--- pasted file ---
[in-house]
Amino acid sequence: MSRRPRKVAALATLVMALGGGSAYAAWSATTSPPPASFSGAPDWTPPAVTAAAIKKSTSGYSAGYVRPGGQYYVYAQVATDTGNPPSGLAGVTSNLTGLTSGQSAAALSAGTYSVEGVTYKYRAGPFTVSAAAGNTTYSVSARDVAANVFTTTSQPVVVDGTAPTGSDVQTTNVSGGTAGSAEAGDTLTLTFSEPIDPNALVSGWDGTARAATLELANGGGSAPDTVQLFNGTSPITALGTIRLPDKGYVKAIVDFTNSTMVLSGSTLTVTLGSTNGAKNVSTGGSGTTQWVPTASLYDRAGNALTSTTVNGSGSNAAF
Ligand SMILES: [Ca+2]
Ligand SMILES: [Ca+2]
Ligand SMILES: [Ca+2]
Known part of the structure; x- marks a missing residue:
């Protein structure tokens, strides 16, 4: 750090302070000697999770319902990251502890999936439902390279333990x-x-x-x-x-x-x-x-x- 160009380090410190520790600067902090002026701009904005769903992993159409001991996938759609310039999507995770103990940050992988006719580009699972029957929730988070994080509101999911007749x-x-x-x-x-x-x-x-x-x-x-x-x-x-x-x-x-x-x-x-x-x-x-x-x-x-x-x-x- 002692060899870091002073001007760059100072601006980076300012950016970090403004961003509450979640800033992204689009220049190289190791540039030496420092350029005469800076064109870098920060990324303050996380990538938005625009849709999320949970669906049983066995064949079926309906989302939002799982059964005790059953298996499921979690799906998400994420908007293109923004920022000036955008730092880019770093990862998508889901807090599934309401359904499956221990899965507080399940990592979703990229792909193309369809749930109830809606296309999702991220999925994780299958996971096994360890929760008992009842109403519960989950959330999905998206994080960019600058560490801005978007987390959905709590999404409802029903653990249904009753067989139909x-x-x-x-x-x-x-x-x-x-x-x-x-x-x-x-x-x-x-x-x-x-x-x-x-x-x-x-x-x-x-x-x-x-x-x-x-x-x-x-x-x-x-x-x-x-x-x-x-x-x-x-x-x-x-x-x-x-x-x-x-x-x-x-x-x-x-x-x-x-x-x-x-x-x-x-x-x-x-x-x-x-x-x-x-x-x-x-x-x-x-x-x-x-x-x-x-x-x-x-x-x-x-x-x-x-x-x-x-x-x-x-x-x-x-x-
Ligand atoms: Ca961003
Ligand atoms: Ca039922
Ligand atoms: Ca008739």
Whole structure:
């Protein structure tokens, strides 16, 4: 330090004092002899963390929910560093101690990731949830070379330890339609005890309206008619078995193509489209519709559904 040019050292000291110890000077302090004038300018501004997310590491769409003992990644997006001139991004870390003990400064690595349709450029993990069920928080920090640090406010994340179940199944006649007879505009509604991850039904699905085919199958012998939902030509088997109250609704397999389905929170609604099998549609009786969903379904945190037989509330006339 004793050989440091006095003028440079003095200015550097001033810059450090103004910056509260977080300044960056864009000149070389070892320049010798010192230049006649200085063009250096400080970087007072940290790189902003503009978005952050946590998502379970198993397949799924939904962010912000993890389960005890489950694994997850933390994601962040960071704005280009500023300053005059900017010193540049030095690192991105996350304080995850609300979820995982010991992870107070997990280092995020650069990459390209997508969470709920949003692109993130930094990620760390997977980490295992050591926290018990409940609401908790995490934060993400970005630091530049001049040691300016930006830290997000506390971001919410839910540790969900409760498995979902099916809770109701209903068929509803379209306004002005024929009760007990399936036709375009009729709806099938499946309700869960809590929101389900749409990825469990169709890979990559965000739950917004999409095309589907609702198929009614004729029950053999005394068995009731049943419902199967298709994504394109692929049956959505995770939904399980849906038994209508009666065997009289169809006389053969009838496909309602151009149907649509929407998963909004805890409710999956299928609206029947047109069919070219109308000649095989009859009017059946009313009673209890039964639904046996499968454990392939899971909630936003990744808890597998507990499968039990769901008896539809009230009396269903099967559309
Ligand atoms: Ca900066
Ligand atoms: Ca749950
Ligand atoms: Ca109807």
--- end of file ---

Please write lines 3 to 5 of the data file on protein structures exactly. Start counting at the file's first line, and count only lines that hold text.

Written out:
Ligand SMILES: [Ca+2]
Ligand SMILES: [Ca+2]
Ligand SMILES: [Ca+2]